So you've been on a training course, what will you do differently tomorrow?
For the last 23 years, I’ve been running training courses across the globe - apart from that cold bit at the bottom. Of all the training I have delivered, the most important question I've asked participants is, “What will you do differently tomorrow?”.
In my first role in Learning, I would see managers attend a workshop and proudly place their A4 ring binder above their desk next to the others showing them off like, “Hey, I got my helping an old lady across the road badge”, yet doing nothing noticeably different from the day prior to the workshop. This is not necessarily about evaluation or getting to an ROI. As Michael Porter wrote “If you have to ask about the ROI of training, then you just don’t get it”.
And for me, this is not about the training department justifying their annual budget, but more about the individual’s investment of time and energy.
What's the point?
If an individual can’t take away two or three insights from a well-structured and informed workshop, then they’re on the wrong workshop. It’s really important for the individual, the training department and the organisation, that something changes as a result of the training. Structuring learning so that it is ‘Monday morning relevant’ will ensure that, when Monday morning comes, there will be a marked change in how they fulfil their roles, be it faster, better or even lower cost – somehow, more effective or efficient.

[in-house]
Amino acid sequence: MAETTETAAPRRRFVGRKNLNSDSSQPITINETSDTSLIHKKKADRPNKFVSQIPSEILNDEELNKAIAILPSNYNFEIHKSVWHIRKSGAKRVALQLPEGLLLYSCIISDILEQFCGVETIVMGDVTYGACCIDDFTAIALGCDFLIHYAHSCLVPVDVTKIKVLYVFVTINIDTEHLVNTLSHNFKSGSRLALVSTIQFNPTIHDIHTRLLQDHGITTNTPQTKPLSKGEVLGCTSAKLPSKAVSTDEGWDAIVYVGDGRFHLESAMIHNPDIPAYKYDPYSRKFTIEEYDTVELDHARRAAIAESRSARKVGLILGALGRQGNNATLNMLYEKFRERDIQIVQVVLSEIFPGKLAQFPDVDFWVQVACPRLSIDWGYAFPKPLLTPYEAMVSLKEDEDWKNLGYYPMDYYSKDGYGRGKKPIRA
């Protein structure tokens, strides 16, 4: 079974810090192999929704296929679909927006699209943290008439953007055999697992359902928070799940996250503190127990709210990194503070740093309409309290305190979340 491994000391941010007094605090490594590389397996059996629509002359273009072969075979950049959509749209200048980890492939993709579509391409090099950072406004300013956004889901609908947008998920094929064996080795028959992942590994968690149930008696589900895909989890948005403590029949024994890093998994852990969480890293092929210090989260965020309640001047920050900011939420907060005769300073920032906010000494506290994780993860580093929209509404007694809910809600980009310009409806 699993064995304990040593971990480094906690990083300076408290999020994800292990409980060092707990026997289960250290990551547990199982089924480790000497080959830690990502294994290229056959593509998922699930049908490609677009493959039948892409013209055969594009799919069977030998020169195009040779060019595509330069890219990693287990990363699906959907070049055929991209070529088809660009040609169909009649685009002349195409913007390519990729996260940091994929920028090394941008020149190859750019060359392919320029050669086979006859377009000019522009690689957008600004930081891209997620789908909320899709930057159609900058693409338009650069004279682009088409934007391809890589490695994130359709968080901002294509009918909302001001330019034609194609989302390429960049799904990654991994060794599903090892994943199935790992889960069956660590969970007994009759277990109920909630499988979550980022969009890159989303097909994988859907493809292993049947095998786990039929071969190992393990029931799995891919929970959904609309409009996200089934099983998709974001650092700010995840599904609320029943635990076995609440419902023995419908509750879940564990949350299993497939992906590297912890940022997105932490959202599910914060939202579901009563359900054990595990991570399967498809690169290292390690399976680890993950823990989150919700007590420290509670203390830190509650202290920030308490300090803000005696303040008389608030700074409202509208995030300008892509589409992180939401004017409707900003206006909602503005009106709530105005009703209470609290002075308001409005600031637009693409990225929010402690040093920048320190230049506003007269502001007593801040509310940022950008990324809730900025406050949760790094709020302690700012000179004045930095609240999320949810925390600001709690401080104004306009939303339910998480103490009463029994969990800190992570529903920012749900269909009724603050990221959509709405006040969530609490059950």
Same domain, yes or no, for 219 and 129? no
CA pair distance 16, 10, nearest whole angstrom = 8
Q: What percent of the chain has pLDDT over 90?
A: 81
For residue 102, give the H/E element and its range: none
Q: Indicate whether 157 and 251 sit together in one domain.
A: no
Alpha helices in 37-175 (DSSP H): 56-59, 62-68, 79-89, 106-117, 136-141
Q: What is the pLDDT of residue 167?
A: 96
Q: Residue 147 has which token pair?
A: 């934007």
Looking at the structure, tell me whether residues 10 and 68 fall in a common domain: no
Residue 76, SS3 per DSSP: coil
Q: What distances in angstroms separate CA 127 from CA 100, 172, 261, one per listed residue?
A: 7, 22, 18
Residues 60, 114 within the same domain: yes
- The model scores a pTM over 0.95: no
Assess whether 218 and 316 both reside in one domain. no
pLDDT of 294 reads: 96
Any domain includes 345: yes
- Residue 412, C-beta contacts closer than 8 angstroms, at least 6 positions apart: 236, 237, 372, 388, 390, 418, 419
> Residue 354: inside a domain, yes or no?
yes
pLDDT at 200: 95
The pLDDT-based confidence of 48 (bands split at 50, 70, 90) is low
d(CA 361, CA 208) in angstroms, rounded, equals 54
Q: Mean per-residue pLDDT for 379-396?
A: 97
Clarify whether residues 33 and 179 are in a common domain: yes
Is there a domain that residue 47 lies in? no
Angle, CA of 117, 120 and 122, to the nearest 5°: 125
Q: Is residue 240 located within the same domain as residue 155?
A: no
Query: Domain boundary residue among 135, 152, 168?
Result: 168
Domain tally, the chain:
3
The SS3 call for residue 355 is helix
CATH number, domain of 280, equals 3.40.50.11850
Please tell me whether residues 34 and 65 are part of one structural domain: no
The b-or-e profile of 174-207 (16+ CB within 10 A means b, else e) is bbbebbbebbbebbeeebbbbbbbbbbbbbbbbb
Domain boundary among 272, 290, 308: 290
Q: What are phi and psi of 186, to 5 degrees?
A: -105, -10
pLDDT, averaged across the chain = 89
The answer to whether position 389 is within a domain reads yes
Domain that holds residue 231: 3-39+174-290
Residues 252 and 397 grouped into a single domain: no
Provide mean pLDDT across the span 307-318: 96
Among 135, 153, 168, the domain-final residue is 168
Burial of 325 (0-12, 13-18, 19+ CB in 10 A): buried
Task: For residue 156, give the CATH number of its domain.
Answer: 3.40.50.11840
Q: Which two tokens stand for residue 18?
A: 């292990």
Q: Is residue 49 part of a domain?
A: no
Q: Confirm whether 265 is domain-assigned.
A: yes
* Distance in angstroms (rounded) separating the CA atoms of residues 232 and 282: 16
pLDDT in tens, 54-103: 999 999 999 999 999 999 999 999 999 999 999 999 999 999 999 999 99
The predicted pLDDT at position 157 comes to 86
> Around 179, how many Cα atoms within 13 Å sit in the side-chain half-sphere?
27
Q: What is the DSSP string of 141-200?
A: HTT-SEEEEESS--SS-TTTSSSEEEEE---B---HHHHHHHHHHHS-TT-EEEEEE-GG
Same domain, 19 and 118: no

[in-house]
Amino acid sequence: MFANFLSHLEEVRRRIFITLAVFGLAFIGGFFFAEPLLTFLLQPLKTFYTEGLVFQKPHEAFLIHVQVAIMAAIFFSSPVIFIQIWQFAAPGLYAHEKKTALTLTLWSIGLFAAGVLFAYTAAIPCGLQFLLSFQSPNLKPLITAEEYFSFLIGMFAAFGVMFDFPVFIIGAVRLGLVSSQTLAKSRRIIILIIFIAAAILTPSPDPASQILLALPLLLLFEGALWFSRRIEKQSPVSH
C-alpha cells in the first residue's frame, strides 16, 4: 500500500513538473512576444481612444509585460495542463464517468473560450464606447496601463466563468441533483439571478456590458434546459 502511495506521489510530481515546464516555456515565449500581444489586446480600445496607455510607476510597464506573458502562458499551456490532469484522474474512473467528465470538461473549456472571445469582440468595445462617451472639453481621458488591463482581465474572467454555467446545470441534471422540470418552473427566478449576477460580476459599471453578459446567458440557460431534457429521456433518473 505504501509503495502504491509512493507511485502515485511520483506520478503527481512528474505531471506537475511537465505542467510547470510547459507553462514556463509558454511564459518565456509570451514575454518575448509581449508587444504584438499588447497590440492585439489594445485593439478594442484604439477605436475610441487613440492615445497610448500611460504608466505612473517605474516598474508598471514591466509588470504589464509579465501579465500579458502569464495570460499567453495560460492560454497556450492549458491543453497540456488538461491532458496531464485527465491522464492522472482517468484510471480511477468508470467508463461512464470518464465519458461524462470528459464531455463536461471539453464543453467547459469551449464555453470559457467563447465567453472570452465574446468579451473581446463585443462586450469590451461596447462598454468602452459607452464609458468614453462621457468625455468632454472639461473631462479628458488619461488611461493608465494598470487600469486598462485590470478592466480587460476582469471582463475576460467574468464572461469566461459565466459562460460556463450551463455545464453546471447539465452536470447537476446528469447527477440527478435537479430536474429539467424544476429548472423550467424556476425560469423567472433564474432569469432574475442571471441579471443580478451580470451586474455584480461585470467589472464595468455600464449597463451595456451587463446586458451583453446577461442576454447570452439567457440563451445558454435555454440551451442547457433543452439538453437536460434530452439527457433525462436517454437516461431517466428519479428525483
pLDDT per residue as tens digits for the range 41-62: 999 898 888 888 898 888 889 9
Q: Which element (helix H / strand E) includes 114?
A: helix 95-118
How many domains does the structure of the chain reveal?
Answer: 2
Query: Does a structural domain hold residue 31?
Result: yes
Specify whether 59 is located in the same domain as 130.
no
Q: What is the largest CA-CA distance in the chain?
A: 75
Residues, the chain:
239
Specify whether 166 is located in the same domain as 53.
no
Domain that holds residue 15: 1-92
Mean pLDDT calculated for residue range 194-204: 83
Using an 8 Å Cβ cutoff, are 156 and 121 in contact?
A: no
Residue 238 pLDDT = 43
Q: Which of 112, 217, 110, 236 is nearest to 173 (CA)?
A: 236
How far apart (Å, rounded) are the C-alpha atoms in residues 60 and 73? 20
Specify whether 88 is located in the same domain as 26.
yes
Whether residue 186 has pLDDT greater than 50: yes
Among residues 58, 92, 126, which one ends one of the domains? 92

Start with the end in mind
But that isn’t the start point. You should always start with the end in mind - what are the desired outcomes? The end is that little something that will produce results. The start point is the ability to diagnose what is not happening in the organisation, team or individual. What could be improved? What is not as good as it could be? Once this has been identified you can then to determine how that can be corrected.
Now we can start to structure learning, and to understand the extent to which the learner/s have the skills and don’t apply them; or if the solution is more tell and show oriented. That’s where the best training companies live – in my humble opinion!
The trainer, coach or facilitator then needs to be provocative, to ignite the need to do things differently in the learner. The aim is to create positive discretionary attitudes and behaviours. Then comes the role of the employer; they need to hold the learner to account in applying their new skill or knowledge to the workplace. Not a role for the learning department but for the line manager and not once at the post course review, but every day.